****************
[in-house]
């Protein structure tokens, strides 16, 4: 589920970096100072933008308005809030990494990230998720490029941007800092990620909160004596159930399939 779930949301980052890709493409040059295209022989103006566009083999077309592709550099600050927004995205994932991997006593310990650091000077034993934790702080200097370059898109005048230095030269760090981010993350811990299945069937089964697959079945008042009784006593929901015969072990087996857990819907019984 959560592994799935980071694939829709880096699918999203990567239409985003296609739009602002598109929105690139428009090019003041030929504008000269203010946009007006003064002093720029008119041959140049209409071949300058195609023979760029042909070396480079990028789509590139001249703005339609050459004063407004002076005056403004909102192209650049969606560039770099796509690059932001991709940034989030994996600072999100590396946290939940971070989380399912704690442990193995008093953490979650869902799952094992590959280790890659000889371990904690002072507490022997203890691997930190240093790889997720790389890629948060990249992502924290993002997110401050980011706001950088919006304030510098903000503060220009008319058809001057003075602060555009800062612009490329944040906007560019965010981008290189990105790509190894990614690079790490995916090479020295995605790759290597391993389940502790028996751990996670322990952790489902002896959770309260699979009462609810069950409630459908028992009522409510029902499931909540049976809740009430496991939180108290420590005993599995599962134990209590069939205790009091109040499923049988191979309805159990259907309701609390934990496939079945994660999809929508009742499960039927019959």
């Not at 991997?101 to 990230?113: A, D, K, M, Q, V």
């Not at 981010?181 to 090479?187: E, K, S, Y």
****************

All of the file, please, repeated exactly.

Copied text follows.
[in-house]
């Protein structure tokens, strides 16, 4: 589920970096100072933008308005809030990494990230998720490029941007800092990620909160004596159930399939 779930949301980052890709493409040059295209022989103006566009083999077309592709550099600050927004995205994932991997006593310990650091000077034993934790702080200097370059898109005048230095030269760090981010993350811990299945069937089964697959079945008042009784006593929901015969072990087996857990819907019984 959560592994799935980071694939829709880096699918999203990567239409985003296609739009602002598109929105690139428009090019003041030929504008000269203010946009007006003064002093720029008119041959140049209409071949300058195609023979760029042909070396480079990028789509590139001249703005339609050459004063407004002076005056403004909102192209650049969606560039770099796509690059932001991709940034989030994996600072999100590396946290939940971070989380399912704690442990193995008093953490979650869902799952094992590959280790890659000889371990904690002072507490022997203890691997930190240093790889997720790389890629948060990249992502924290993002997110401050980011706001950088919006304030510098903000503060220009008319058809001057003075602060555009800062612009490329944040906007560019965010981008290189990105790509190894990614690079790490995916090479020295995605790759290597391993389940502790028996751990996670322990952790489902002896959770309260699979009462609810069950409630459908028992009522409510029902499931909540049976809740009430496991939180108290420590005993599995599962134990209590069939205790009091109040499923049988191979309805159990259907309701609390934990496939079945994660999809929508009742499960039927019959």
């Not at 991997?101 to 990230?113: A, D, K, M, Q, V």
């Not at 981010?181 to 090479?187: E, K, S, Y």